A more intensive ReMyelination, less severe Neuronal loss, and higher Functional Brain Plasticity at younger ages may account for these differences.
Benign Encephalitis Of The BrainStem
Reyes Moreno AR, Garces Cabello P, Reig R, Sebastian I, Martinez E, Herrera M
Rev Neurol 2001 Mar 1;32(4):341-344
Servicio de Pediatria, Hospital General Universitario de Alicante, Alicante, 03010, Espana
The secondary Encephalitis Disorders are due to an Immunological mechanism which causes DeMyelinating lesions of the Central and Peripheral Nervous Systems, with very variable clinical features.
The PathoGenesis and localization of Benign Encephalitis of the BrainStem and the Miller Fisher Syndrome (MFS) are still subject to debate.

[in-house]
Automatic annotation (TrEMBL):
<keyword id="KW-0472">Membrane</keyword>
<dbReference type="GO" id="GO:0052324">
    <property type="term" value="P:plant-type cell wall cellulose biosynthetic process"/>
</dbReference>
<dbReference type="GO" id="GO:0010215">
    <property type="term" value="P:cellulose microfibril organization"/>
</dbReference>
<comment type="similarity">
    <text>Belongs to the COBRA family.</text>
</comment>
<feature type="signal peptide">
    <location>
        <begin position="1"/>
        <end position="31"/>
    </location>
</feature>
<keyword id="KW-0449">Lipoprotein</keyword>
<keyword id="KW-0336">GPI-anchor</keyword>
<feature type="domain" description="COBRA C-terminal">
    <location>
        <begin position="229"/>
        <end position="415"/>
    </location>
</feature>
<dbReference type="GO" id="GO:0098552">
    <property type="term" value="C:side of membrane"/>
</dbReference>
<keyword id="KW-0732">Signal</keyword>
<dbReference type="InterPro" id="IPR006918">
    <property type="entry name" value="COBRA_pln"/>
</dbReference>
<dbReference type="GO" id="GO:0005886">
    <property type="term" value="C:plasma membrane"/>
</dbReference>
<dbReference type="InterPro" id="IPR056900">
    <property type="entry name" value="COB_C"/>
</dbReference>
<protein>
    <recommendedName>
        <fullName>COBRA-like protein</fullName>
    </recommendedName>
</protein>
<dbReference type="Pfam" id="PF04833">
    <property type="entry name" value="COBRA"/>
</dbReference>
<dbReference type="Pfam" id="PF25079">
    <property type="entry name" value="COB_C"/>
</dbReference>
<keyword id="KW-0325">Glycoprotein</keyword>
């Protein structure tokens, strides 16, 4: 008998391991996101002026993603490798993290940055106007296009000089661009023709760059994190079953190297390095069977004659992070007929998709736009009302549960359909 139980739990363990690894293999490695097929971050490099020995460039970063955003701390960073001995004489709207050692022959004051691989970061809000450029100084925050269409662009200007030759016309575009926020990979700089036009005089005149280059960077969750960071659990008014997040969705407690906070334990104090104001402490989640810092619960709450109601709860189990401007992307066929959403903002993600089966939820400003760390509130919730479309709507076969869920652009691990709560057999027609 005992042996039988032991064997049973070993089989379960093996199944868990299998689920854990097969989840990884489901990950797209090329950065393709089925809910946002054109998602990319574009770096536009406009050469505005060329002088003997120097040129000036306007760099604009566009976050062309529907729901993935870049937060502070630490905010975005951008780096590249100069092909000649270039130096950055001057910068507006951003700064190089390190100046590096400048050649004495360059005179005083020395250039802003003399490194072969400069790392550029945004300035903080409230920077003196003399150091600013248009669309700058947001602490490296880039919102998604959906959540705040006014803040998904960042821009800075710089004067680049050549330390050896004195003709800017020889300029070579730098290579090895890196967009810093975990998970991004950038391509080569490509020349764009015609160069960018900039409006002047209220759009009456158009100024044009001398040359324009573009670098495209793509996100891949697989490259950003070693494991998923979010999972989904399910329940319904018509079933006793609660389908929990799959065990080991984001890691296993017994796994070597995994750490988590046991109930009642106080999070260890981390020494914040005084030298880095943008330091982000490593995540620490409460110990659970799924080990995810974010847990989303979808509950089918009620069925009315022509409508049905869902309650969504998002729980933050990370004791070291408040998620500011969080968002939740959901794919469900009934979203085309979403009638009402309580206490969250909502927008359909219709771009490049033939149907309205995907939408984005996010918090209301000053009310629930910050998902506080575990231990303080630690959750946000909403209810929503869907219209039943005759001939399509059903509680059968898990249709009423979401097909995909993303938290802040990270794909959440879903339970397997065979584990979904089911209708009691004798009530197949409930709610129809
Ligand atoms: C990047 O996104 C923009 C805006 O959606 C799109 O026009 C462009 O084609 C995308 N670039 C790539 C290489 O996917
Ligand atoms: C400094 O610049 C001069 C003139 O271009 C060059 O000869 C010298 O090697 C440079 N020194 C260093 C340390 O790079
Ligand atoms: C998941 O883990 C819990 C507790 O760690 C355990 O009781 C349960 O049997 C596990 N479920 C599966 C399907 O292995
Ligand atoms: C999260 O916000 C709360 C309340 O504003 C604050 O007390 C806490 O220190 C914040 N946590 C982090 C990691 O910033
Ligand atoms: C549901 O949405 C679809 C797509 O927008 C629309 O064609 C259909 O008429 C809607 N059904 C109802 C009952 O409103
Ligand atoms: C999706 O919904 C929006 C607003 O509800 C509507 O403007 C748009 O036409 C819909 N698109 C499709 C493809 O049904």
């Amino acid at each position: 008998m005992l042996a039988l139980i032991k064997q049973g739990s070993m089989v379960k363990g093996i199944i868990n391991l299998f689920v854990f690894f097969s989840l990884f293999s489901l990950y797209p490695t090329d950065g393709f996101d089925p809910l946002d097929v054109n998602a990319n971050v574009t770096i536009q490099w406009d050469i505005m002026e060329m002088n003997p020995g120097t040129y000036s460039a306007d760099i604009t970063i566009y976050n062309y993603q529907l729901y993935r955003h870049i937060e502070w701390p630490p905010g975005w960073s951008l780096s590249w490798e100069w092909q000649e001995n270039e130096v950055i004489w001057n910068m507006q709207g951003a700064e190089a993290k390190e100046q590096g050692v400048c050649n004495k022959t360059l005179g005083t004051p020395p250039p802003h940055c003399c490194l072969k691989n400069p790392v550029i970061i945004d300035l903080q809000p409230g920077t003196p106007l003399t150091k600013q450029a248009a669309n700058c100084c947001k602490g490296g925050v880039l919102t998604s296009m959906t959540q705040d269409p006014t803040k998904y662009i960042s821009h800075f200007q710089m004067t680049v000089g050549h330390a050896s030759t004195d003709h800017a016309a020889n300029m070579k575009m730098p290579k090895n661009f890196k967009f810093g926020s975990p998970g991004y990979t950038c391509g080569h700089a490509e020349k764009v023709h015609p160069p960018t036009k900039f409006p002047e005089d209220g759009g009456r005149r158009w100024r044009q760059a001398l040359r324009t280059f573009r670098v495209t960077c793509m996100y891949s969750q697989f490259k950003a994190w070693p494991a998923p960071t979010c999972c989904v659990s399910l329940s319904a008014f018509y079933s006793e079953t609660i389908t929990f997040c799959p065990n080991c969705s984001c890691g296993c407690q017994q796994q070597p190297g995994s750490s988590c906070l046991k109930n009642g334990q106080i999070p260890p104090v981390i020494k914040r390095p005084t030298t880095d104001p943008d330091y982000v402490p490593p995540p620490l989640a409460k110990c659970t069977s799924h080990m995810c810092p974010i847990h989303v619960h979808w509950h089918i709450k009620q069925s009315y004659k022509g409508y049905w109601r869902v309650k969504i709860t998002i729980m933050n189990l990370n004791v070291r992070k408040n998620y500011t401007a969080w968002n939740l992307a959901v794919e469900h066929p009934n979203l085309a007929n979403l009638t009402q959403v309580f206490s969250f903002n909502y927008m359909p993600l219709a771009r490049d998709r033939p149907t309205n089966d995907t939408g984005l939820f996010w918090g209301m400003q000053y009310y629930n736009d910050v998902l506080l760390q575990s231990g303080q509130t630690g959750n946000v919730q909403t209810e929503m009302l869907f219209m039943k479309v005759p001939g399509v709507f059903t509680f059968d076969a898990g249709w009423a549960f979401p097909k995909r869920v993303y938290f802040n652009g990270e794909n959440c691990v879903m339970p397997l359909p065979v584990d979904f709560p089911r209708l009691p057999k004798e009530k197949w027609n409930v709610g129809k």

It is suggested that they may both belong to different extremes of the same nosological spectrum known as the Ophthalmoplegia-Ataxia-Areflexia Syndrome.
We report the case of an 11 year old boy with Encephalitis of the BrainStem who had electromyographic alterations compatible with the Guillain Barre Syndrome, and MR images characteristic of an acute DeMyelinating Disorder of the BrainStem.
The Encephalitis of the BrainStem is an uncommon condition in children which leads to diagnostic difficulty at its onset.
Since this is similar in other disorders such as MFS, Tumors, CerebroVascular accidents and less often in the initial stages of Multiple Sclerosis.
The clinical course is very useful to distinguish between these conditions. MR is the imaging technique of choice for diagnosis in these patients.